DocX

DocX logo.

X as variable has guided the intentions of the Center for Documentary Studies’ DocX initiative since its inception — the idea that its projects will evolve as the practice of documentary evolves. The spirit of DocX remains a constant, driven by what documentary artists need to make their work most resonant in the world.

Any DocX programming strives to be a nourishing overall experience for artists. DocX works alongside other CDS programs and with departments across Duke University to meet the critical need for artists to be supported and nurtured in their imaginative thinking, exploring and questioning. Residencies, awards, workshops, mentorship and collaborative labs give artists, researchers and curators the communal and financial support necessary to help further develop their bold visions.

DocX Development Lab–Otherwise Histories, Otherwise Futures (2024)

Red text over tan background: DocX Development Lab, Otherwise Histories, Otherwise Futures.

DocX has launched a new lab, the DocX Development Lab–Otherwise Histories, Otherwise Futures, to support artists and researchers whose archival practices, documentary art practices and scholarship seek to explore the history and possibility of living, thinking, being and sensing otherwise.

Learn about the cohort that gathered in Durham from April 4-12, 2024.

History of DocX

The DocX pilot was funded from 2015–2020 by the Reva and David Logan Foundation with further support provided by the Revada Foundation. It has been an incubation space for developing and sharing innovative platforms, tools, ideas and opportunities around nonfiction storytelling, including: CDS DocBoX, an experiment in deep interactive “TV” that broadcasts content from CDS’s moving image archive; CDS Shortwave, where sound is the doorway to CDS’s work in the documentary arts; and the Susan E. Tifft Initiative on Documentary and Journalism, including the Susan Tifft Fellows program, unlocking potential for intersections across those fields.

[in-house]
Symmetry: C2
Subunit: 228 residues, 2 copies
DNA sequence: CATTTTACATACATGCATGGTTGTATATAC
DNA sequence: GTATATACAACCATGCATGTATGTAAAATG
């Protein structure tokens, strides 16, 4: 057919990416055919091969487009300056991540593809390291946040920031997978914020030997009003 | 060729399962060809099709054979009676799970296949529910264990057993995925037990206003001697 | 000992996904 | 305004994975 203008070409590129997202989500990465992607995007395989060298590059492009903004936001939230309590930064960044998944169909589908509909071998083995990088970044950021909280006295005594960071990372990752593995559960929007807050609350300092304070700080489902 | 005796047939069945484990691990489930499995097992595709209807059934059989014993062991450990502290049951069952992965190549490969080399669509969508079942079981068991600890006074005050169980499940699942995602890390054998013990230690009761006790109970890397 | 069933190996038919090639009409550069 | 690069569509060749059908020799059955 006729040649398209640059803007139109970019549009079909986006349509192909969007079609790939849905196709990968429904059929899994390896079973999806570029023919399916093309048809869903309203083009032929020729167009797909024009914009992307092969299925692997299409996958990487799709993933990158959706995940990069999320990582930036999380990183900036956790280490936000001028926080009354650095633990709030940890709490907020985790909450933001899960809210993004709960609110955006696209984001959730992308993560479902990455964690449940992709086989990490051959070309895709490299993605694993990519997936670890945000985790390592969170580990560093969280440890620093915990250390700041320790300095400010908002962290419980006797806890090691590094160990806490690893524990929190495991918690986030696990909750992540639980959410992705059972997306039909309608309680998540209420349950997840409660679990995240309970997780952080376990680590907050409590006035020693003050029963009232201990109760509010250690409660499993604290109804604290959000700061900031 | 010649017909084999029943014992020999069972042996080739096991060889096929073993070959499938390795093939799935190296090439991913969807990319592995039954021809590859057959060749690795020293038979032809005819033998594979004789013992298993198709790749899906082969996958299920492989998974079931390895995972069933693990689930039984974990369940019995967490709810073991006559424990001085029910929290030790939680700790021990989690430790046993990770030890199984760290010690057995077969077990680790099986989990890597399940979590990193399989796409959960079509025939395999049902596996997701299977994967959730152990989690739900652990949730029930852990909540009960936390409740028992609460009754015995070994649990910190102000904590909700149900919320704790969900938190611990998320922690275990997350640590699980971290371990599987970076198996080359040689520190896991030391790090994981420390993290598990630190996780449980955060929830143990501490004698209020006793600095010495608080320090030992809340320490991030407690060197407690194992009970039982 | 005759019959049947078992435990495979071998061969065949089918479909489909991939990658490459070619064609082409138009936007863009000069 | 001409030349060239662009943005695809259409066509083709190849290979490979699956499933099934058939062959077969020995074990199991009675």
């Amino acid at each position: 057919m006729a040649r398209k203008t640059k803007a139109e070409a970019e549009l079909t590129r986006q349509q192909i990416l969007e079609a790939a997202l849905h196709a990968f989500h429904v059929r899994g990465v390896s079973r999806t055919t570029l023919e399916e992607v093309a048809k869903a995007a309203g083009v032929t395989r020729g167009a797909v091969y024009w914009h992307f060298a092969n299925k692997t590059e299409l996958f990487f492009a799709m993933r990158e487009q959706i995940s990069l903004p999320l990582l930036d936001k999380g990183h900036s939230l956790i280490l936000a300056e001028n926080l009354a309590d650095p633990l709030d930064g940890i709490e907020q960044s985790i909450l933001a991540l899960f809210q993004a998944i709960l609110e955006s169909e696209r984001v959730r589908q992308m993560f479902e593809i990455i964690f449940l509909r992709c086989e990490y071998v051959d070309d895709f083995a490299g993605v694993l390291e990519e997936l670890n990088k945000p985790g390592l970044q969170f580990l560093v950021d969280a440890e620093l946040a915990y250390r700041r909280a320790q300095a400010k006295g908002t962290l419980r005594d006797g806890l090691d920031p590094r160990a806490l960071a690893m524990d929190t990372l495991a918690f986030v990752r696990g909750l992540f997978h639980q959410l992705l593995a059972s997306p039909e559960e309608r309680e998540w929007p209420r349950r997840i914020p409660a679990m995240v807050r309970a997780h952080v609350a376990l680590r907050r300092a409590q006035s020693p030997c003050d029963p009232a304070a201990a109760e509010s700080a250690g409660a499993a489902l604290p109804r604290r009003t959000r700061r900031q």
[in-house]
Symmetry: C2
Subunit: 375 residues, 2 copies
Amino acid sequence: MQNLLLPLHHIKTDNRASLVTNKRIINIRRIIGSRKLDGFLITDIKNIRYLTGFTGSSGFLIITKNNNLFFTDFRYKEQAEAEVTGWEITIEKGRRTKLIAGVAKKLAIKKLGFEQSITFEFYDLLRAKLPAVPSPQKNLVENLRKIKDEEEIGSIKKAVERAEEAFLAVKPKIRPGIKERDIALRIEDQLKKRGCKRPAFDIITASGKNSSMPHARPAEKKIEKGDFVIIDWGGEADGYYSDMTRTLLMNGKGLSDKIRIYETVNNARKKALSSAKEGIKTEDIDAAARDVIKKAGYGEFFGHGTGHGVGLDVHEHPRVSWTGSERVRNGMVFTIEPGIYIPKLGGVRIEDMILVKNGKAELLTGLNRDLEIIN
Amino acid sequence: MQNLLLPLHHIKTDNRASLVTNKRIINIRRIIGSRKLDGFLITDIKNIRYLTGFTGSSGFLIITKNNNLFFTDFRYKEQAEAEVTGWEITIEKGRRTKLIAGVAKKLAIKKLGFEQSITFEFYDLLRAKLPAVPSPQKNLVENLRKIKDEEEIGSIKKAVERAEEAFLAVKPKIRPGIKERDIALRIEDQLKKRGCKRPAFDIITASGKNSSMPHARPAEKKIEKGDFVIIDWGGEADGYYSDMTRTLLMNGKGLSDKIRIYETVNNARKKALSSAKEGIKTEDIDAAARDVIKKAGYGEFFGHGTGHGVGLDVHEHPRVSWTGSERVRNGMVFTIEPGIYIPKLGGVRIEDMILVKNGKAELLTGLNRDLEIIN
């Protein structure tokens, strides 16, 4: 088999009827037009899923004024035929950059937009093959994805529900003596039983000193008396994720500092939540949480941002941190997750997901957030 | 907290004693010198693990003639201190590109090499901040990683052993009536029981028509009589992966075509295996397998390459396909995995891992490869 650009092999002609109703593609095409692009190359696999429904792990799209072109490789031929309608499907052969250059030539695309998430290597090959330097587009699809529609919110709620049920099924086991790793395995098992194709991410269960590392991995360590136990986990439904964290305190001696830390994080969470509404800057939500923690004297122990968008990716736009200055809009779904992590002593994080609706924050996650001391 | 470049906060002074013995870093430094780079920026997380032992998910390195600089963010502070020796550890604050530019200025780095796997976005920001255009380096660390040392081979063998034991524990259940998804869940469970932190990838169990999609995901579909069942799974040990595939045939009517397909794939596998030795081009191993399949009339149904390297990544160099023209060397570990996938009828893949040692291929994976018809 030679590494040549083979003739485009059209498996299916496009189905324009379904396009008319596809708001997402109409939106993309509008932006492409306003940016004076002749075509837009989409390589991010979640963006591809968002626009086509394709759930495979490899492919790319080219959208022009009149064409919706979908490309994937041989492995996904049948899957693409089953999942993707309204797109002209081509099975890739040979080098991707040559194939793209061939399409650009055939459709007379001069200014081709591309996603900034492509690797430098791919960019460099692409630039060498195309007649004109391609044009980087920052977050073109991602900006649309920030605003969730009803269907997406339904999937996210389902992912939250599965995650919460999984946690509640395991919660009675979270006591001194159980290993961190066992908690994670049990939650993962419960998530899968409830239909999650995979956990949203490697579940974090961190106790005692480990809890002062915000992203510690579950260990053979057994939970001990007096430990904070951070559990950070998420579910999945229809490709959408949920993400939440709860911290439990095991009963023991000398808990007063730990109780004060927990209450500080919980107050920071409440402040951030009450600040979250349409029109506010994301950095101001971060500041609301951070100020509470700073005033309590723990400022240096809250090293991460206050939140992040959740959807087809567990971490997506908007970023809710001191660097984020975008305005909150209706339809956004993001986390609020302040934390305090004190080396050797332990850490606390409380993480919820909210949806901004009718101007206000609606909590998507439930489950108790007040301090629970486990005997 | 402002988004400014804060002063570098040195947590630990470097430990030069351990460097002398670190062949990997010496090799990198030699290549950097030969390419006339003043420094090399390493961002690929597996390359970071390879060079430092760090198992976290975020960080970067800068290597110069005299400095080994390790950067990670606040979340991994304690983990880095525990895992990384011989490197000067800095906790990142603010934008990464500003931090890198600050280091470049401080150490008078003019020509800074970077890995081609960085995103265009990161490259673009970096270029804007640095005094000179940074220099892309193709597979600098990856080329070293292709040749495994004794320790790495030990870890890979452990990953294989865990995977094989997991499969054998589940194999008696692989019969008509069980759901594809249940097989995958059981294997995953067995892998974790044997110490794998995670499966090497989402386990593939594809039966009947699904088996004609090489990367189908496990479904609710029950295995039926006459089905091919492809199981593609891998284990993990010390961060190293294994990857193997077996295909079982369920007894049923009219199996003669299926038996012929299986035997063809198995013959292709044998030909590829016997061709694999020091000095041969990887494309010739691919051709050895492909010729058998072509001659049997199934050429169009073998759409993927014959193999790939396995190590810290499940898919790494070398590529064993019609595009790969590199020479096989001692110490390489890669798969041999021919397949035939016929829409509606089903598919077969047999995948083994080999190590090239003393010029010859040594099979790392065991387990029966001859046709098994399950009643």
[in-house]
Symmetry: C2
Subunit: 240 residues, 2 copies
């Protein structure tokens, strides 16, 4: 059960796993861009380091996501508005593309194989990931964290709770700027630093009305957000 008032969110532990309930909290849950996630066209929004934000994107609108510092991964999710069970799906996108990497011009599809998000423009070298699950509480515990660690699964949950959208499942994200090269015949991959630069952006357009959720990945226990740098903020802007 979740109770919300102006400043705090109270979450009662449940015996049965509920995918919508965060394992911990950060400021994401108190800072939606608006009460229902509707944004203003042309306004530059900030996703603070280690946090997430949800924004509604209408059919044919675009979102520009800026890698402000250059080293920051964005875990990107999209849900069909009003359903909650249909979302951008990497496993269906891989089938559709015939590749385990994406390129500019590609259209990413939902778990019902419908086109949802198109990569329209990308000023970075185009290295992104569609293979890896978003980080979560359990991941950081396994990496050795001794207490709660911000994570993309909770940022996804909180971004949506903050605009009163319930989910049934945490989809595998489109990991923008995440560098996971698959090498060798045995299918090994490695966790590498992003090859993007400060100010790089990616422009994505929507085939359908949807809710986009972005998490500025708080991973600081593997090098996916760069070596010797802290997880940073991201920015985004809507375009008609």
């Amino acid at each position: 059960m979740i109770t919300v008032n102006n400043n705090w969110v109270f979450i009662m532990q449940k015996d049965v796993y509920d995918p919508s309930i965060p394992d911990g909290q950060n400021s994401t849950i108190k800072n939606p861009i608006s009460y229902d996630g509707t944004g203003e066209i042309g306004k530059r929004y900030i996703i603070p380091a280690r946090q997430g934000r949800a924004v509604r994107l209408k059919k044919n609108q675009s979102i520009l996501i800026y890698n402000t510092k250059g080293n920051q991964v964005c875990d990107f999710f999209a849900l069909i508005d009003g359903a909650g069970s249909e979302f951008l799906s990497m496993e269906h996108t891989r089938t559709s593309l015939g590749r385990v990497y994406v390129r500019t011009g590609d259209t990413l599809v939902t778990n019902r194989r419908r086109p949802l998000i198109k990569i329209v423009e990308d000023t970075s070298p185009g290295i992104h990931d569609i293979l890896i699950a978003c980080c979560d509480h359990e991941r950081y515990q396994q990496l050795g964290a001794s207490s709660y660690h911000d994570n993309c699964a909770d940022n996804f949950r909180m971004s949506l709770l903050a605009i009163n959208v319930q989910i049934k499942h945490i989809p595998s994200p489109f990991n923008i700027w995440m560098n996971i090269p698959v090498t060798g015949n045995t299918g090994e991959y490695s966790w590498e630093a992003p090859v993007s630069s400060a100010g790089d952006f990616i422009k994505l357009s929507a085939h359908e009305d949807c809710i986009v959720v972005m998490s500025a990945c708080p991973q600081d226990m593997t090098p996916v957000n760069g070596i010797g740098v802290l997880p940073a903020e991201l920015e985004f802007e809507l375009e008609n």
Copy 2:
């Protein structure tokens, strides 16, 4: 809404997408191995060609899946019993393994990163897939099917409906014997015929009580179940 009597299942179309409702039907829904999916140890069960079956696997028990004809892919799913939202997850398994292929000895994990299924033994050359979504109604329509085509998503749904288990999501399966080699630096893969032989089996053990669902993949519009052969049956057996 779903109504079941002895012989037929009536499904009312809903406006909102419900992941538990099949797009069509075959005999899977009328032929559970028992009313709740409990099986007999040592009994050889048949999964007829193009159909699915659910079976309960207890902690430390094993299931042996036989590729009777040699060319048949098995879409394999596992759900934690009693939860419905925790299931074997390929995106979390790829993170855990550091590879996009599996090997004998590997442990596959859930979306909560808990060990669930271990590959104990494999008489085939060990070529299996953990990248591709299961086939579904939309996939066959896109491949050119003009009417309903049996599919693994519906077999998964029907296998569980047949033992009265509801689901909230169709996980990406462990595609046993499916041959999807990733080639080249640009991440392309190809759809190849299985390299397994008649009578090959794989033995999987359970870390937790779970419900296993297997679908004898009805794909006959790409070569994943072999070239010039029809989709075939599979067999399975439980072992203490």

From 2020 to 2022, the DocX initiative entered its next phase of evolution: to support BIPOC (Black, Indigenous and people of color) artists and thought leaders working across the nonfiction landscape and charting more accountable, nonextractive documentary paths and practices. To reimagine what documentary work looks and sounds like, DocX nurtured the imaginative exploration and questioning of artists and curators of color who boldly interrogated form and ways of collaborating.

DocX Archive Lab–How Are We Known? Reimagining, Repurposing & Rewriting the Archive (2021-2022)

Text made to look like old-fashioned label maker: DocX archive lab: How are we known? Reimagining, repurposing and rewriting the archive.

As the first project in this iteration under DocX Director Stephanie Owens, the initiative presented the virtually hosted DocX Archive Lab, How Are We Known? Reimagining, Repurposing, and Rewriting the Archive.

The tattered boxes underneath grandma’s bed, the movements of our bodies, the smell of a sacred family recipe—all make up what we uniquely know about ourselves. But the collective archive, in all its iterations—documentary practices, works of literature, art practices, academic publishing, museums, library collections, etc.— becomes the formal means by which a society knows and remembers itself. It is the long memory of who “we” were, who “we” are, and who constitutes “we.”

Historically, the authorship of society’s long memory of BIPOC life has been fixed within, for, and by the colonial and white gaze. As makers, the archives in which we explore and from which we pull are oftentimes rooted in extractive colonial practices.

The DocX Archive Lab was born of these questions: How will we be remembered, how do we want to be remembered, and who will remember us? Once we wrest the power to author our own stories, who will we speak to?

As Toni Morrison wrote in Beloved, “Freeing yourself was one thing. Claiming ownership of that freed self was another.”